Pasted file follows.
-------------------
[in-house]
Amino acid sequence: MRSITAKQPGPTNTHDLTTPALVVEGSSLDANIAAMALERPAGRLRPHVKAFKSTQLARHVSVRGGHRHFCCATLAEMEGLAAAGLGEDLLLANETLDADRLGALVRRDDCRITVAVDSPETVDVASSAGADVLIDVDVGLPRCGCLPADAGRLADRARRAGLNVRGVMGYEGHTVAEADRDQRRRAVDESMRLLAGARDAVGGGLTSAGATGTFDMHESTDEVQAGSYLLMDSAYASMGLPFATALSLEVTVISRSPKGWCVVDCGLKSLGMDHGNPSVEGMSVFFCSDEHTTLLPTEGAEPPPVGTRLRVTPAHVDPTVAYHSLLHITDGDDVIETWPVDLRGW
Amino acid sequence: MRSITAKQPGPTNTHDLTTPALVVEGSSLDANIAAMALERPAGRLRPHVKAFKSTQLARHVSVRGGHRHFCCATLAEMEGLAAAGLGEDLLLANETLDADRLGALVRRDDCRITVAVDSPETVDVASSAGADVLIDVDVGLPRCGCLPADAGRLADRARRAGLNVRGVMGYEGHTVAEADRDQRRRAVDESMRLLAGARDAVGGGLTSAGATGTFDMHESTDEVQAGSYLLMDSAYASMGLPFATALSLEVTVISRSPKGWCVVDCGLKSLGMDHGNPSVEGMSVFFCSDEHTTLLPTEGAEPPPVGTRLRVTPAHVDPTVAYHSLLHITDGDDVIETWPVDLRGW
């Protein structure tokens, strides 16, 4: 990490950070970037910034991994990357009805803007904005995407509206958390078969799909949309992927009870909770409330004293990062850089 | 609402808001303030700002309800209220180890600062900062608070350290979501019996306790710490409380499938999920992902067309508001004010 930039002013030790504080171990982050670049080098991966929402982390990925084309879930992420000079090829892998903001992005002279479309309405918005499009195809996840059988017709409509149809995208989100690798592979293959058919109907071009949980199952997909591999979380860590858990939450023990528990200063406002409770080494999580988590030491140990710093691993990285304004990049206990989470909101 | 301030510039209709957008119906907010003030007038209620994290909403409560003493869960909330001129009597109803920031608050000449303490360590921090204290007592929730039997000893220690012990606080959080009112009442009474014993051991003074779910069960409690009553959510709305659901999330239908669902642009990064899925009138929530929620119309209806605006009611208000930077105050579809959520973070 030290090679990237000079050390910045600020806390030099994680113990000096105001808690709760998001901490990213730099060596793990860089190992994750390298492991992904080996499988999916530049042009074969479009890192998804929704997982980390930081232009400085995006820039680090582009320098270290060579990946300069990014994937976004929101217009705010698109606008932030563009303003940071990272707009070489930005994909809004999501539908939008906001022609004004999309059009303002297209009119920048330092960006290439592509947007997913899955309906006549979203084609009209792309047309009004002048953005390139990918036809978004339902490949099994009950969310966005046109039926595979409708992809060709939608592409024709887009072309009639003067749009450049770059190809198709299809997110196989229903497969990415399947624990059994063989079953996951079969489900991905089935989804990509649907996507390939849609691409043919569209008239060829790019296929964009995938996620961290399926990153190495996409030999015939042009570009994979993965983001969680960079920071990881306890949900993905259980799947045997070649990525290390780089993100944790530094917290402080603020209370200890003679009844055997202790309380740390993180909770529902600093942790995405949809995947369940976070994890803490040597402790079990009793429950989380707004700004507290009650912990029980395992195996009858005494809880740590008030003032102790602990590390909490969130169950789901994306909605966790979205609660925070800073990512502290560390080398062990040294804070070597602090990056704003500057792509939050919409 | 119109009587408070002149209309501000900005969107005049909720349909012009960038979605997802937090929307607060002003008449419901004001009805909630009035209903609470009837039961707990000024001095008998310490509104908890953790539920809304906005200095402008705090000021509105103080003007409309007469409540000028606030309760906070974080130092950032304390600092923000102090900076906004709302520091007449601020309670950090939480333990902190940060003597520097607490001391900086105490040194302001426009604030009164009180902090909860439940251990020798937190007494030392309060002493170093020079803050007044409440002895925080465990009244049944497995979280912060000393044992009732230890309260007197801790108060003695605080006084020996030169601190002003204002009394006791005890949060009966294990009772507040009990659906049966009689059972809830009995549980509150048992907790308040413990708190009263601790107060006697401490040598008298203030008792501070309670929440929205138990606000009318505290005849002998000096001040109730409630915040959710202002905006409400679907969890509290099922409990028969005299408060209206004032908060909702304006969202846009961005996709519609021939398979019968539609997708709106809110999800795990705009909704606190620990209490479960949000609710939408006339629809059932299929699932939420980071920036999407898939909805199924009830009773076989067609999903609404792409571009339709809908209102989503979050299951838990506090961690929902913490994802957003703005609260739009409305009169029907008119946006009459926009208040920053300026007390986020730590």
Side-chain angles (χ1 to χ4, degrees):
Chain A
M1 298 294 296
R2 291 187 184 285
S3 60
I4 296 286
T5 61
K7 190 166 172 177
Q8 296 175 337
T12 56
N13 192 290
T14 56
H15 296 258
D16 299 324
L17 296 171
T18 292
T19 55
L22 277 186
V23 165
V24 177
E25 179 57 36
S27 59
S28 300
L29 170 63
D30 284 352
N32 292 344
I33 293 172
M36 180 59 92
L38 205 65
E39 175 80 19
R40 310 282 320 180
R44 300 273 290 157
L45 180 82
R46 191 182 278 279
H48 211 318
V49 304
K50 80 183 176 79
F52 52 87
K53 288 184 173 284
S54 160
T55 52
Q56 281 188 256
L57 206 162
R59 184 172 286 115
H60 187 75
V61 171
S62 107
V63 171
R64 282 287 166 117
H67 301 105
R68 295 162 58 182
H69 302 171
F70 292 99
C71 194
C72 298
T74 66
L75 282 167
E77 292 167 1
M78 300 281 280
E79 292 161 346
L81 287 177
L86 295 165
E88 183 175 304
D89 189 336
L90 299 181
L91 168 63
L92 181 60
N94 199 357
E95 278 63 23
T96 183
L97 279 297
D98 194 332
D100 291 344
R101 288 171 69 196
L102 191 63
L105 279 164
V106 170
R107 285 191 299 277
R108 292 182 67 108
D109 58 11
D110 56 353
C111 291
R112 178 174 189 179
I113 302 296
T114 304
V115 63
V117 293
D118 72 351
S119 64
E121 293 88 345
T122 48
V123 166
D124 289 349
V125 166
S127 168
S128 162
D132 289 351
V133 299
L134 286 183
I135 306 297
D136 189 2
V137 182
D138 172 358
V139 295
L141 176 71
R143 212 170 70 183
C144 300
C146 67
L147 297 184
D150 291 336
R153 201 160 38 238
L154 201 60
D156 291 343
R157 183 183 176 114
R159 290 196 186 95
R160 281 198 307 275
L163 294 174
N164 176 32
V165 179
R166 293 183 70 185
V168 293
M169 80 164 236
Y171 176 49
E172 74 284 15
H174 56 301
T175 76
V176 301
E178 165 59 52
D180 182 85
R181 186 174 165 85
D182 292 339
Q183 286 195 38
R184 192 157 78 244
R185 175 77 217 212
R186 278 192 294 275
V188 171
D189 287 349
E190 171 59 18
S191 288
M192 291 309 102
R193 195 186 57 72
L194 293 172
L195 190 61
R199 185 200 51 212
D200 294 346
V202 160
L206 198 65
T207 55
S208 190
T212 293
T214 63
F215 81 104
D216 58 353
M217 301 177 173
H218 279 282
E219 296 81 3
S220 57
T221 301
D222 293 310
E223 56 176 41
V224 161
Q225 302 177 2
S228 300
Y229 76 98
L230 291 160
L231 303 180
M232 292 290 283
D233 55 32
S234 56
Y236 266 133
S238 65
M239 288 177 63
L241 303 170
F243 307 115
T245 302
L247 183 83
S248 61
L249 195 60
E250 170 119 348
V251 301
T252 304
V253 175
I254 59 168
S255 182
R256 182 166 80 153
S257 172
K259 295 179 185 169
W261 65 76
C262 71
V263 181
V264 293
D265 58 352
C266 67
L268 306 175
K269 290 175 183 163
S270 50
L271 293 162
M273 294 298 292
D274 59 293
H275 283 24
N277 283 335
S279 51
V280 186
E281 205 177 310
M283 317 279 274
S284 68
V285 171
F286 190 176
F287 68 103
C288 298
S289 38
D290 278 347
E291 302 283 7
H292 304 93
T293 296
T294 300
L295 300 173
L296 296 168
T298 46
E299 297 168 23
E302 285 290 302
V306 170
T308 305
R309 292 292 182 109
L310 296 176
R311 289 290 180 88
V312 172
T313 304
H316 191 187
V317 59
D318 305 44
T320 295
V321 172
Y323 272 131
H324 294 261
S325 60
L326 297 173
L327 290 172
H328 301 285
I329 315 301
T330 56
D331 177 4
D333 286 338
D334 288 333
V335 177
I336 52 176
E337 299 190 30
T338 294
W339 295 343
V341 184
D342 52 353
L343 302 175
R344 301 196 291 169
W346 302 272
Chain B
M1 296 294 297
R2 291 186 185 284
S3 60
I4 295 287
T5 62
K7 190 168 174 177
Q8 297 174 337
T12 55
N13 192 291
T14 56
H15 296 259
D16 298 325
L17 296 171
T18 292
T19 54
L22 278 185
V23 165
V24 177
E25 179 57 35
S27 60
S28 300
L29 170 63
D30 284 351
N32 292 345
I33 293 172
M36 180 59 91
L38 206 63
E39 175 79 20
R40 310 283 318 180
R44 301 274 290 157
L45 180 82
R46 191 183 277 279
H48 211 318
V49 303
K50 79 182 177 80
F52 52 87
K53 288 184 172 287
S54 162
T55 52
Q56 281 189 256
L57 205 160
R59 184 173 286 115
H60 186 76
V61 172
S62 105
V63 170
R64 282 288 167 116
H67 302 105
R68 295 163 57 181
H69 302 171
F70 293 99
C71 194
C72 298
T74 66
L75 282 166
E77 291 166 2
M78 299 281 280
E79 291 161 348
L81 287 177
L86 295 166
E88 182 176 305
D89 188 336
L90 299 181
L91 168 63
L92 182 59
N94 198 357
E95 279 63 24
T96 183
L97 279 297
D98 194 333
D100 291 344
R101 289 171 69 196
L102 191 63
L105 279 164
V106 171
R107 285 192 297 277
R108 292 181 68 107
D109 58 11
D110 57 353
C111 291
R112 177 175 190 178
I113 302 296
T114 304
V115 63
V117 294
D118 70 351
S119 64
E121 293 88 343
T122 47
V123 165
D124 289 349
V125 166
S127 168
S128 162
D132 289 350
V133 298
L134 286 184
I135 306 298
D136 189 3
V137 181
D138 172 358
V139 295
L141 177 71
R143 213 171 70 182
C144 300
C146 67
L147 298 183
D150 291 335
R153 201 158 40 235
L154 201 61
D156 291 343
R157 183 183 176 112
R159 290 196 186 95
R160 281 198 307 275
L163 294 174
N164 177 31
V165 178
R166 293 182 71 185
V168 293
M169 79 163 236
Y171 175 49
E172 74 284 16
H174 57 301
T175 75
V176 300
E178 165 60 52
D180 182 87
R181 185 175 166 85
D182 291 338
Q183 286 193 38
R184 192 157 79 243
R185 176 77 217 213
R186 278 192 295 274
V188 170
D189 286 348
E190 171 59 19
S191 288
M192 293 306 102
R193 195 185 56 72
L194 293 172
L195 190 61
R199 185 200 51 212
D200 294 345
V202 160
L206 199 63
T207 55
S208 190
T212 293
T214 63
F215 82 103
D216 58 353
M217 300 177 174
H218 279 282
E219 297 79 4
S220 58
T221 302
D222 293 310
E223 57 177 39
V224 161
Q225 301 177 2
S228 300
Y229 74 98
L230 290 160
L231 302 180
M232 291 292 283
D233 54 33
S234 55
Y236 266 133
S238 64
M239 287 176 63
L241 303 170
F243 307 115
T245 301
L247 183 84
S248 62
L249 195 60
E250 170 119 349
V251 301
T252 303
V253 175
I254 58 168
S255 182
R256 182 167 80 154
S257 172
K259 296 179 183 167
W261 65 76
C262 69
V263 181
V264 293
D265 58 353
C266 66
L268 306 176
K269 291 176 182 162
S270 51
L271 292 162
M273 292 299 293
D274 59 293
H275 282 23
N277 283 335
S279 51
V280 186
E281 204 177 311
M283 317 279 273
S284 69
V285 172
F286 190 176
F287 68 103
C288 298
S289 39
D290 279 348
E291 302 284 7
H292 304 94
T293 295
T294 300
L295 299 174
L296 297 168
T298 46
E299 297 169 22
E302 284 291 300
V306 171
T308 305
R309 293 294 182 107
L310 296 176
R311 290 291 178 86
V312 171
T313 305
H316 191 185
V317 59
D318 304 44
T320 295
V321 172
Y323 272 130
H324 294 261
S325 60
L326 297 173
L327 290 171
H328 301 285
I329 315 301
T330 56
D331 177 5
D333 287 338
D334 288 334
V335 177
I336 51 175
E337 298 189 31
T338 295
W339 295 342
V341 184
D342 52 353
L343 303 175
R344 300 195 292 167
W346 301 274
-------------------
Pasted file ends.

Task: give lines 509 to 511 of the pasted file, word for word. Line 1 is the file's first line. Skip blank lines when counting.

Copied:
L343 303 175
R344 300 195 292 167
W346 301 274